Global reinsurer capital was up 7 percent to $625 billion in the first nine months of 2019, according to Kroll Bond Rating Agency (KBRA).
It cited Willis Re Securities figures that show traditional capital increased 9 percent to $532 billion. This offset a 4 percent decline in alternative capital to $93 billion, KBRA said.
KBRA estimates investor capital of between $15 billion and $20 billion is trapped due to losses incurred in 2017 and 2018 that are still adversely developing, with collateralised reinsurers worse affected than catastrophe bond issuers. “This has led investors to pull back from this asset class, with new issuance falling in 2H 2019,” KBRA said.
However, it predicted this segment of the reinsurance market will bounce back. “In the near term, KBRA expects an increase in catastrophe bond issuance as investors are more comfortable with the transparency and track record of this structure,” it said. “In the intermediate term, we expect collateralised reinsurers to evolve their business models to address shortcomings that surfaced due to recent losses.” This will increase transparency and lure back investors.
KBRA predicted that many highly rated large cap reinsurers will retake some of the market share they gave away during the soft market. “Despite top-line growth, these players are typically overcapitalised and we expect moderate capital repatriation in the form of dividends and share buybacks to continue,” it said.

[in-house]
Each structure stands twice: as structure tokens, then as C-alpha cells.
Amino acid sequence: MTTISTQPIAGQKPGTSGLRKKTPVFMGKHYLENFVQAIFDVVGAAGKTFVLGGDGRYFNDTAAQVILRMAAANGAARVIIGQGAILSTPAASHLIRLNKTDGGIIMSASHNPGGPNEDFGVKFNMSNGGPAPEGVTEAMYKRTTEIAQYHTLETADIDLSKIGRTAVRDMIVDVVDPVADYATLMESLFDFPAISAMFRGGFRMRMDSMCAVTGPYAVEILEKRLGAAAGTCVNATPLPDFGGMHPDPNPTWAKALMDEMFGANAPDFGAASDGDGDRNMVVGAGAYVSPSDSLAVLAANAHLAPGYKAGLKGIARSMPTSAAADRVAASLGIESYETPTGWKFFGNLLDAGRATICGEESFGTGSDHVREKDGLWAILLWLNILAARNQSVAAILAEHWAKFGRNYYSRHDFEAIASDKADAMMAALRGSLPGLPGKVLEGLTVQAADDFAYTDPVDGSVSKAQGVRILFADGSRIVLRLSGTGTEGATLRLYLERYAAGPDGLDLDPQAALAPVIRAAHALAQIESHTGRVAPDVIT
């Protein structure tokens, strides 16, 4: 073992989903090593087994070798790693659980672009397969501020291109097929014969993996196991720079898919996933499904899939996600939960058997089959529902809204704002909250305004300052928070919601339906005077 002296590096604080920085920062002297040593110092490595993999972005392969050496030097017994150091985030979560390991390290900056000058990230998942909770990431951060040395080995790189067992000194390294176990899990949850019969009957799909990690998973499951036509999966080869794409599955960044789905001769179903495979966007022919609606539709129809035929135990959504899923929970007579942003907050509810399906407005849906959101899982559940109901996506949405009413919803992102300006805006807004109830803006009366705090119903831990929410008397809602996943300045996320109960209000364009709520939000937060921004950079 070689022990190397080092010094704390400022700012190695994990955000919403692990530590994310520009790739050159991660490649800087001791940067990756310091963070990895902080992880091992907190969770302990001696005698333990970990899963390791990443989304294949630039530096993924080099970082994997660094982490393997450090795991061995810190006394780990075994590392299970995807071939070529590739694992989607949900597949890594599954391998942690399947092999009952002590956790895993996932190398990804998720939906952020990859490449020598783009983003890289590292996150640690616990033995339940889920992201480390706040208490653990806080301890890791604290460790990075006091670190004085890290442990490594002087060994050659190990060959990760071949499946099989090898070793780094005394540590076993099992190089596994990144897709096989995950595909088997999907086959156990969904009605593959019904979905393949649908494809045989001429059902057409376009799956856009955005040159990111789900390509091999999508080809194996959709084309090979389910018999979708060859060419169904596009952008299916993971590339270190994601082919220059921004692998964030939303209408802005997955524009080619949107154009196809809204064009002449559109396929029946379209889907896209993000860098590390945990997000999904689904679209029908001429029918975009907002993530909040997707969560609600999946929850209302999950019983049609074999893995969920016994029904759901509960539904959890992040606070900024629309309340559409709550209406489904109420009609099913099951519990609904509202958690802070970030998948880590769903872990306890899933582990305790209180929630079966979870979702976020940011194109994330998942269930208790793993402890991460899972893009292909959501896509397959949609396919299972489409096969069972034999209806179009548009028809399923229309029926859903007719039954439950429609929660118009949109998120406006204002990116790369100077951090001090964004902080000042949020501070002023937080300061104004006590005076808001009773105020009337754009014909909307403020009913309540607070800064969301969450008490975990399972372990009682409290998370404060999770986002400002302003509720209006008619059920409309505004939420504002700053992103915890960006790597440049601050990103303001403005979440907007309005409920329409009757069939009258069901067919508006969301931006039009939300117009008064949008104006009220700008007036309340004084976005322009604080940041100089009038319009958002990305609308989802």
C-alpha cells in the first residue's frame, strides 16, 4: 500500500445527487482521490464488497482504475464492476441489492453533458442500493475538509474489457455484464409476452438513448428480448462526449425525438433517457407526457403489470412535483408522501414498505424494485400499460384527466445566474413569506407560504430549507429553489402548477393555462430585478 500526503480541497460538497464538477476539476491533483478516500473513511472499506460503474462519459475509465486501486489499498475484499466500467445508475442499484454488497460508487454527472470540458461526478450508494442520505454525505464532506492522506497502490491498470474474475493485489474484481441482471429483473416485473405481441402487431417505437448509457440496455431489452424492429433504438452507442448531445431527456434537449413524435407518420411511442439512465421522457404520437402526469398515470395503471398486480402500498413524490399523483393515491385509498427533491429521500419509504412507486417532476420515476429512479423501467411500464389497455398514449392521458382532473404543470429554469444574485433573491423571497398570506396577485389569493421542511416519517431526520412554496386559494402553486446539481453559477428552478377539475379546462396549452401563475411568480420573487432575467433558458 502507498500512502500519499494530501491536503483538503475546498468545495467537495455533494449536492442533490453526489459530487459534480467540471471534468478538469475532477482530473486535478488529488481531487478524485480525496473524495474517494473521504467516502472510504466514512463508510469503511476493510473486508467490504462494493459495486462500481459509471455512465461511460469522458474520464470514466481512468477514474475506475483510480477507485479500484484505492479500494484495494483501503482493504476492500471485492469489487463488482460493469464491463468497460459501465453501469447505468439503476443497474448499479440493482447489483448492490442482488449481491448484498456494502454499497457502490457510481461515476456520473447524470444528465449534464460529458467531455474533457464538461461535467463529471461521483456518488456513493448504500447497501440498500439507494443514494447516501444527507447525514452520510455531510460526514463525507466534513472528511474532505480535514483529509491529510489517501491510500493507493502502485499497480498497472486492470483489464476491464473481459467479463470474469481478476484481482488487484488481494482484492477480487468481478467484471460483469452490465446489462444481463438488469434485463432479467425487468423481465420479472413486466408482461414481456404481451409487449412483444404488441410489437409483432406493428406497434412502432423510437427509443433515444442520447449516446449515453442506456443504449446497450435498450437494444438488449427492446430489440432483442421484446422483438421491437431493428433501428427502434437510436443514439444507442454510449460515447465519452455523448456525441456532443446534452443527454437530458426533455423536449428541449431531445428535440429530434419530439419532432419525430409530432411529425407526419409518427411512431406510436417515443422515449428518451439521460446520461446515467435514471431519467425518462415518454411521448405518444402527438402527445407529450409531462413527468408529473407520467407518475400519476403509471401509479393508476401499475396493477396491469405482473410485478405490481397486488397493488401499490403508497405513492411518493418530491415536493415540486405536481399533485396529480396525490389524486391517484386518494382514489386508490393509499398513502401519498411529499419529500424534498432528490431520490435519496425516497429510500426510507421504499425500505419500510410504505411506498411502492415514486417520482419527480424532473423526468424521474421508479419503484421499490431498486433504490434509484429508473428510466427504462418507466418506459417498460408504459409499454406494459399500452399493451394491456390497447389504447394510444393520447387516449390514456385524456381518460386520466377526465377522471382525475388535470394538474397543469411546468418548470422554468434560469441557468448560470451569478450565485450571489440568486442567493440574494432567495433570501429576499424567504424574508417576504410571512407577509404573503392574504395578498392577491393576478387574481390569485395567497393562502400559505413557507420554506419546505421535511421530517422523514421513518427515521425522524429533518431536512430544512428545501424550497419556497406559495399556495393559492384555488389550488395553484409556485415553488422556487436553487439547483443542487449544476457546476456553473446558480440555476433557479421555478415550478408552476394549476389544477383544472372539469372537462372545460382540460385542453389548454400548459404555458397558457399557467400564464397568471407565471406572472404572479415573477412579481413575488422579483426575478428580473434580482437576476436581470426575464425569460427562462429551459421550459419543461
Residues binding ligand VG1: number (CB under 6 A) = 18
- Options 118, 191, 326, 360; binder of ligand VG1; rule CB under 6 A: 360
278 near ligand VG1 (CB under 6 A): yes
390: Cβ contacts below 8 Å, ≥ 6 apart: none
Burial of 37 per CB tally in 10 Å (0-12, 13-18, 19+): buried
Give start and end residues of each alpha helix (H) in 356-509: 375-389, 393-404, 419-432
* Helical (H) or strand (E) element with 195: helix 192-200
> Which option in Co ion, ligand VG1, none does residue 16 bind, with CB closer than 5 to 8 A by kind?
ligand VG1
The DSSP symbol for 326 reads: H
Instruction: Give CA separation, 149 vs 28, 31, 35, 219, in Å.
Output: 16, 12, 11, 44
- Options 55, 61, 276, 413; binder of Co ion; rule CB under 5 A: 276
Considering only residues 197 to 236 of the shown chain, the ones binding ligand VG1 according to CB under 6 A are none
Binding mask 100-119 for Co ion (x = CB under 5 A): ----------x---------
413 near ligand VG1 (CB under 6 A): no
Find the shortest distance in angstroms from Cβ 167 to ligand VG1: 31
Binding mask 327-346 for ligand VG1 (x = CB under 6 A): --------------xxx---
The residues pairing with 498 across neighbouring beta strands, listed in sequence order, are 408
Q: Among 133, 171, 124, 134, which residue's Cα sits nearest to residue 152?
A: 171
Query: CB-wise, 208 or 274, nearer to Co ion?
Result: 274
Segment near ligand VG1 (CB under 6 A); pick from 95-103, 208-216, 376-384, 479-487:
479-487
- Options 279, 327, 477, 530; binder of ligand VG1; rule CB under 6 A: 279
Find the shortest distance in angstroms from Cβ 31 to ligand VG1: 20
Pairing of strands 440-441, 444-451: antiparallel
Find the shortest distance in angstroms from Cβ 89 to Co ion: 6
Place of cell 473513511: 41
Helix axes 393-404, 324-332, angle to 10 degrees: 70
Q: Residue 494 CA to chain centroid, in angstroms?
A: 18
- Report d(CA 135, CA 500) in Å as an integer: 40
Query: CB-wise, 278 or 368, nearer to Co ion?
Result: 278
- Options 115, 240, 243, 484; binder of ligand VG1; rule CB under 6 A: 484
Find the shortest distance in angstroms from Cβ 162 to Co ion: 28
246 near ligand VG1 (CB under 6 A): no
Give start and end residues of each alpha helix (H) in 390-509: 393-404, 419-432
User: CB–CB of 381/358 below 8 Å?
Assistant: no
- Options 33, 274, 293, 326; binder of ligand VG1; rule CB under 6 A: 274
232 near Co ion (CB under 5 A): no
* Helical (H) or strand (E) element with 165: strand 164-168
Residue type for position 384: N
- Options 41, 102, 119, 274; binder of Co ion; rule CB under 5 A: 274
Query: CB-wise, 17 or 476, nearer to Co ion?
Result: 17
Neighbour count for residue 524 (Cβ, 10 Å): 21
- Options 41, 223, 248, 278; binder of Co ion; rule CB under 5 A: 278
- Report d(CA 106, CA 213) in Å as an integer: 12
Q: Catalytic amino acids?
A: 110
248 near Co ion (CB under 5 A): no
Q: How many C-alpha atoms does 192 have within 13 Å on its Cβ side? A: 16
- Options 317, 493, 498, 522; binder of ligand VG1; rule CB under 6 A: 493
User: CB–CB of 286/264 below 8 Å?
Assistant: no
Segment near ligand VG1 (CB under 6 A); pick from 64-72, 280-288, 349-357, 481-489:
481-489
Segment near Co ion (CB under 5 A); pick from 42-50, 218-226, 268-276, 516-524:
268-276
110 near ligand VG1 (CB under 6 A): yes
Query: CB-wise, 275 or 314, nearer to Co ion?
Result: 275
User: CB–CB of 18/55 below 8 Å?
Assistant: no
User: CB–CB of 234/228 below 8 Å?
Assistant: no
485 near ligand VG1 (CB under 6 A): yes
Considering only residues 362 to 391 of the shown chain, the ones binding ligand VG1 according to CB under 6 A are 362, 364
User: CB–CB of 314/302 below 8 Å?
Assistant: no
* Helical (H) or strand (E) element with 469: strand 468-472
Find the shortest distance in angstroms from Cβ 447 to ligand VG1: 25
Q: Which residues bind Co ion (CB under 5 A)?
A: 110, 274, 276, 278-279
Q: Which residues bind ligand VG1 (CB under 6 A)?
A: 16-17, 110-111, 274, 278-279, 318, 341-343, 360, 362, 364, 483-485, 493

Global reinsurers benefited from January 2020 renewals as they had the flexibility to reallocate capacity to hardening business lines, KBRA said.
However, it warned reinsurance buyers will increasingly scrutinise PartnerRe while the future of its ownership remained in doubt, which may affect renewals in April, June and July. “PartnerRe could lose some ground against the market leaders,” KBRA said.
More broadly, KBRA pronounced the end of the traditional insurance cycle.
“The traditional cycle is likely now consigned to the past, as market fragmentation continues to increase in line with transparency,” KBRA said. “What was an unusual market cycle over the last couple of years has become the new normal, with January 2020 renewals following the trend.”
KBRA noted that although natural catastrophe losses had declined in 2019, climate change ensured they would continue to rise in the long term. Reinsurers have adapted quickly to the changing market environment, although they appeared “somewhat disappointed as they anticipated an even firmer market,” KBRA added.
KBRA said: “While the overall pricing environment is positive, we note that prices in the non-proportional business, for example, are only back at levels seen in 2011.”
It warned that low interest rates remain “a persistent problem for both primary insurers and reinsurers,” though the resulting earnings pressure is not necessarily credit negative. “KBRA has observed better underwriting discipline as rates fall, a trend which continued in the January 2020 renewals,” it said.
Kroll Bond Rating Agency, KBRA, Renewals, Alternative capital